I had most education in China, only had 1 year in the states, I gave up a chance for applying green card because I wish I could be proud for what I know, not being isolated because I know too much and have an A on science in public school. (I can not afford a private one) I really do not understand why some students in US public school enjoy a lower score and disgust anyone with a slightly higer one.

31/33, not bad for an aussie

Knowledge of civics
American history
The American form of government
Geography of America and the World
Market economy

It gets worse:


Makes you wonder what Professor Newt really means when he accuses people of being ignorant of American history, no?

Hey I got 28 out of 33 and I'm a Canadian too, although I admit that I just guessed on some of the questions. It appears that non-americans are doing better than americans on this test. Either that or the average TOD blogger is simply much better informed than average.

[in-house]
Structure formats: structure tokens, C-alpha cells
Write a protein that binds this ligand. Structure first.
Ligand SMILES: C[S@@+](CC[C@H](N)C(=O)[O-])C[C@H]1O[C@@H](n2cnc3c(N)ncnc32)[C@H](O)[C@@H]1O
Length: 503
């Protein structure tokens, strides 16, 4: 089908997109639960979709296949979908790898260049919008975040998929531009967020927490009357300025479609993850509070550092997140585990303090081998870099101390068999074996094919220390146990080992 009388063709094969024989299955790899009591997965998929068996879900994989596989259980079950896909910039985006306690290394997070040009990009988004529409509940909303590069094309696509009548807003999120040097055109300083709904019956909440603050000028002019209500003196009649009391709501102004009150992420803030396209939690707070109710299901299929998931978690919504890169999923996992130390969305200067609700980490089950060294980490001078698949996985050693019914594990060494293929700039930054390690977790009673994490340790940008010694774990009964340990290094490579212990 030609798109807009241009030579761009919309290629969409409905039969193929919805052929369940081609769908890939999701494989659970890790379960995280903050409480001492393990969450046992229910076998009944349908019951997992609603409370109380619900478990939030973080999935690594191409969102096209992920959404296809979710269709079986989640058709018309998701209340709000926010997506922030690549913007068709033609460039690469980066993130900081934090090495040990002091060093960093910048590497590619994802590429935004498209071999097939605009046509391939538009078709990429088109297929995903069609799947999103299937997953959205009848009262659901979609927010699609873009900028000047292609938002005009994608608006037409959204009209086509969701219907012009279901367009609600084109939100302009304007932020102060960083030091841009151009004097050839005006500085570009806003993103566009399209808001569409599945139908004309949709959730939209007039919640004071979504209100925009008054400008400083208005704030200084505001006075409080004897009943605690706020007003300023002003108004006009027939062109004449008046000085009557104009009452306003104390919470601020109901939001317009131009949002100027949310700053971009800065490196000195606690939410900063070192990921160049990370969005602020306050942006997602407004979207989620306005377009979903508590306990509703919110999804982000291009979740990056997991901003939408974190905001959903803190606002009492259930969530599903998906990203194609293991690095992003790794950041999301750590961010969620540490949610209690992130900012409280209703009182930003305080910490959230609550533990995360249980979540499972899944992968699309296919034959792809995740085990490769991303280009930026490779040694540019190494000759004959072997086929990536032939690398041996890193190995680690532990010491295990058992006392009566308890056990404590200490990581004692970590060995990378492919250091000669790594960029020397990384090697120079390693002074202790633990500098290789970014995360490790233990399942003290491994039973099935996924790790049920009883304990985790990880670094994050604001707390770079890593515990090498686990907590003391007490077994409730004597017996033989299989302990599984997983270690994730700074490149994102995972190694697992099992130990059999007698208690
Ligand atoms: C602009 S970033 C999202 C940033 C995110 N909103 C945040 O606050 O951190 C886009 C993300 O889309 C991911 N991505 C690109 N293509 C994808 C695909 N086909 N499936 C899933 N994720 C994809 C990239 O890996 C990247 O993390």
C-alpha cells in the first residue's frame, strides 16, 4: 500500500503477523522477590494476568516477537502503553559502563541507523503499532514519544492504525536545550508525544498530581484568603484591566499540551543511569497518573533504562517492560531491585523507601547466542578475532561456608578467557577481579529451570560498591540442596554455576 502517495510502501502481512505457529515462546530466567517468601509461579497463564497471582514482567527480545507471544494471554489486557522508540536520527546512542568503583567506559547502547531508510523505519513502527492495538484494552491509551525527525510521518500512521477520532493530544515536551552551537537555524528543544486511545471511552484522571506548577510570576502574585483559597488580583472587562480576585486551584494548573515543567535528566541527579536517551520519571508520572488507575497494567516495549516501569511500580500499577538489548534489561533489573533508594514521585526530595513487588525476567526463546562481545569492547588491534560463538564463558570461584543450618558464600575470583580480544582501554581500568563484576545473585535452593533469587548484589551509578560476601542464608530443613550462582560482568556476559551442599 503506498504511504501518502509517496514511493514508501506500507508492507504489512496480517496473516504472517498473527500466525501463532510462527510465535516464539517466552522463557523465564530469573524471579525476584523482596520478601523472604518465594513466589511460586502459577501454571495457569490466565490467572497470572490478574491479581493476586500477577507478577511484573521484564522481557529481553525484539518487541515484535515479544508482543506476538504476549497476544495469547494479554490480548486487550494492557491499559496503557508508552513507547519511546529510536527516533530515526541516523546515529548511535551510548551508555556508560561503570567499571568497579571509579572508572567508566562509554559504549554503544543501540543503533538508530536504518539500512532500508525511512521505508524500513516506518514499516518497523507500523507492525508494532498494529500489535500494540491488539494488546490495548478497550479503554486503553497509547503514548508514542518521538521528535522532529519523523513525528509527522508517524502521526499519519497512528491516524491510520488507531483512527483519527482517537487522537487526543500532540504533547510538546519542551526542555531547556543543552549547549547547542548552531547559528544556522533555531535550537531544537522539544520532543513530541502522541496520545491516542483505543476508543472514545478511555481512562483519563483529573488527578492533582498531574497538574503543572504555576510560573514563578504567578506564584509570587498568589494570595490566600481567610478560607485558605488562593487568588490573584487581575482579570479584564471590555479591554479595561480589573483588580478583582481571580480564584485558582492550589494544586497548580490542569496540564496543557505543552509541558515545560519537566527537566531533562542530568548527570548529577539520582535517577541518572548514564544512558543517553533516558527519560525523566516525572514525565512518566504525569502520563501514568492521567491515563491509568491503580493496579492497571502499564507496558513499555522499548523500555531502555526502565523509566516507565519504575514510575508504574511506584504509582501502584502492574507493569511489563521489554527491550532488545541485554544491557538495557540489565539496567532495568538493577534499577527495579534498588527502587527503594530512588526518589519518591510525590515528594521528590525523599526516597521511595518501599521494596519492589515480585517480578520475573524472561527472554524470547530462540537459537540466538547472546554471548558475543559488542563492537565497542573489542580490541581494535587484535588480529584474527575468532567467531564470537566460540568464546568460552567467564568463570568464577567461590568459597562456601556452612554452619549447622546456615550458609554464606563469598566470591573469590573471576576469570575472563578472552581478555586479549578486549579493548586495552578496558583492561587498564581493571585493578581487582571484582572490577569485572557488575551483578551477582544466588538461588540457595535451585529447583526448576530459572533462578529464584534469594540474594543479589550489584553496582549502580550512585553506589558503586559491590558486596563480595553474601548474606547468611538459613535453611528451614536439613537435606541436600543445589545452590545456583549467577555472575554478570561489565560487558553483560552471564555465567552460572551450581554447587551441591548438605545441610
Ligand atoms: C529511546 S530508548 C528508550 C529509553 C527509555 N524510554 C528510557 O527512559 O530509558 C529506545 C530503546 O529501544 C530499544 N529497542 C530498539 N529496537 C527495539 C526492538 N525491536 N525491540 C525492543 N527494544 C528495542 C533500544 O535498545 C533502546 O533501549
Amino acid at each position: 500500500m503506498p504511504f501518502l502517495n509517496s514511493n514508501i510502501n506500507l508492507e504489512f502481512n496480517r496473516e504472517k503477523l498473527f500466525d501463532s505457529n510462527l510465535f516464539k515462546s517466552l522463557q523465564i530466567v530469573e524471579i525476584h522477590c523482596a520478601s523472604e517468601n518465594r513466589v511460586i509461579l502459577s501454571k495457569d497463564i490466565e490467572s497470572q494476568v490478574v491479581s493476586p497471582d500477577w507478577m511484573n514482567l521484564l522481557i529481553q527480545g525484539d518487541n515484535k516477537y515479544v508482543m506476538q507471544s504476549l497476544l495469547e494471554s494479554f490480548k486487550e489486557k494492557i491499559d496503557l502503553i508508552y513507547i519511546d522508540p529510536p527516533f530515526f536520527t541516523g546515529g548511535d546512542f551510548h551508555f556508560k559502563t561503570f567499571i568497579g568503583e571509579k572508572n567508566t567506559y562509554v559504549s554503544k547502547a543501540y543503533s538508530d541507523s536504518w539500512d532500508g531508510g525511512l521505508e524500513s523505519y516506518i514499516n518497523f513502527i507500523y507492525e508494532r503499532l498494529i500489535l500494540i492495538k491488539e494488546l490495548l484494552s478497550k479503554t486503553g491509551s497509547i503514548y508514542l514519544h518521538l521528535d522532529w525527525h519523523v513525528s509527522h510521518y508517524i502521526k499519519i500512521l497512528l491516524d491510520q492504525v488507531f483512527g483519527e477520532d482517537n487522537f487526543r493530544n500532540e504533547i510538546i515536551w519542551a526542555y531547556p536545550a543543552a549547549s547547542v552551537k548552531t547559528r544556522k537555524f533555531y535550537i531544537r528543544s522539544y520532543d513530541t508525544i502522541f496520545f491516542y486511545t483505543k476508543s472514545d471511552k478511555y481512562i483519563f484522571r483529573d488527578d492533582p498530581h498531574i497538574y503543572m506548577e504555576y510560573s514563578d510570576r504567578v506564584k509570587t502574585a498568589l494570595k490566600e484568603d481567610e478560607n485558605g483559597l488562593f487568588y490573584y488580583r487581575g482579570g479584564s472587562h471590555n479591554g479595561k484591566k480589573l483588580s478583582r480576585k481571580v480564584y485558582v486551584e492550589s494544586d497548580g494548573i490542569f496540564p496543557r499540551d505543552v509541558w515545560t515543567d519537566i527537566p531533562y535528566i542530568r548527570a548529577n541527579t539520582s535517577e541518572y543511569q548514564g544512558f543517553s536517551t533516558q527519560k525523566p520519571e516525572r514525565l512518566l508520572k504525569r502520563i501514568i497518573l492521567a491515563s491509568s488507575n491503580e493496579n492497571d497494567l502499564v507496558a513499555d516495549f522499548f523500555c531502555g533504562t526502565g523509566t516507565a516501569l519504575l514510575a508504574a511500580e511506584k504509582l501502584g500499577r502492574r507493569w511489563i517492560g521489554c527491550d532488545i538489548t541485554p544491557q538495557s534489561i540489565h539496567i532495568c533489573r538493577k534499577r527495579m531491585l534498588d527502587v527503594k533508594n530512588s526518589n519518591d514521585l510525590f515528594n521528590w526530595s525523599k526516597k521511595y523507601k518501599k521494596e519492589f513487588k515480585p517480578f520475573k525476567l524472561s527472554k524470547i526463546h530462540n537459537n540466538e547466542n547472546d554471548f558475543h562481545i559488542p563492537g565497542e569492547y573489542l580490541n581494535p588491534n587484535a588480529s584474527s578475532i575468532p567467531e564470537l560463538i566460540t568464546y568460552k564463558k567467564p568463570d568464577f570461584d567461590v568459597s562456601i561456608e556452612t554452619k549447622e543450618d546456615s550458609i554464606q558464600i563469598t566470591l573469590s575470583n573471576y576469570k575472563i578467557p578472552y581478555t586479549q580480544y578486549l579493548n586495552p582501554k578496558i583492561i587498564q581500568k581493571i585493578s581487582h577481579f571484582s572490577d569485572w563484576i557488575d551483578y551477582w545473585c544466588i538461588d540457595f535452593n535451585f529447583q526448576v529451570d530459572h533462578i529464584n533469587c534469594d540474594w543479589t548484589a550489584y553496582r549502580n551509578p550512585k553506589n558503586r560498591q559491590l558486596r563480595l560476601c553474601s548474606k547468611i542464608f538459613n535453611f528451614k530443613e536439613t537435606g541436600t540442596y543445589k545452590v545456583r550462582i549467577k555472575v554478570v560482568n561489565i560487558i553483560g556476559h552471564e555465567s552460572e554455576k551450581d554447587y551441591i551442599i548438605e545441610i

Seems like the majority of posters revealing their scores do not originally come from the U.S.

Well OK. I'm US born/educated & missed only one. I think the scores of TODers is much more a reflection of overall intelligence, reading comprehension, something I'll call 'societal seriousness' (as opposed to paying attention to the Kardashians et. al.) etc. The ignorant masses of any country are not here on TOD. We are a self-selected group.

Well, it is apparent that TODers, regardless of whether they are from the US or not, are much more aware of how the American government and economic system work than the average American.

One is reminded of the sci-fi novel, The Sheep Look Up

By the end of the book rioting and civil unrest in the United States, due to a combination of poor health, poor sanitation, lack of food, lack of services, ineffectiveness of services (medical, policing), disillusionment with government/companies, oppressive government, civil unrest, high incidence of birth defects (pollution-induced), and other factors results in a country wide state of riot and civil unrest; all services (military, government, private, infrastructure) break down.

One would hope that would not become the reality, but at this point in time, one would not be sure.

I scored 30/33 I did not go to school in the US.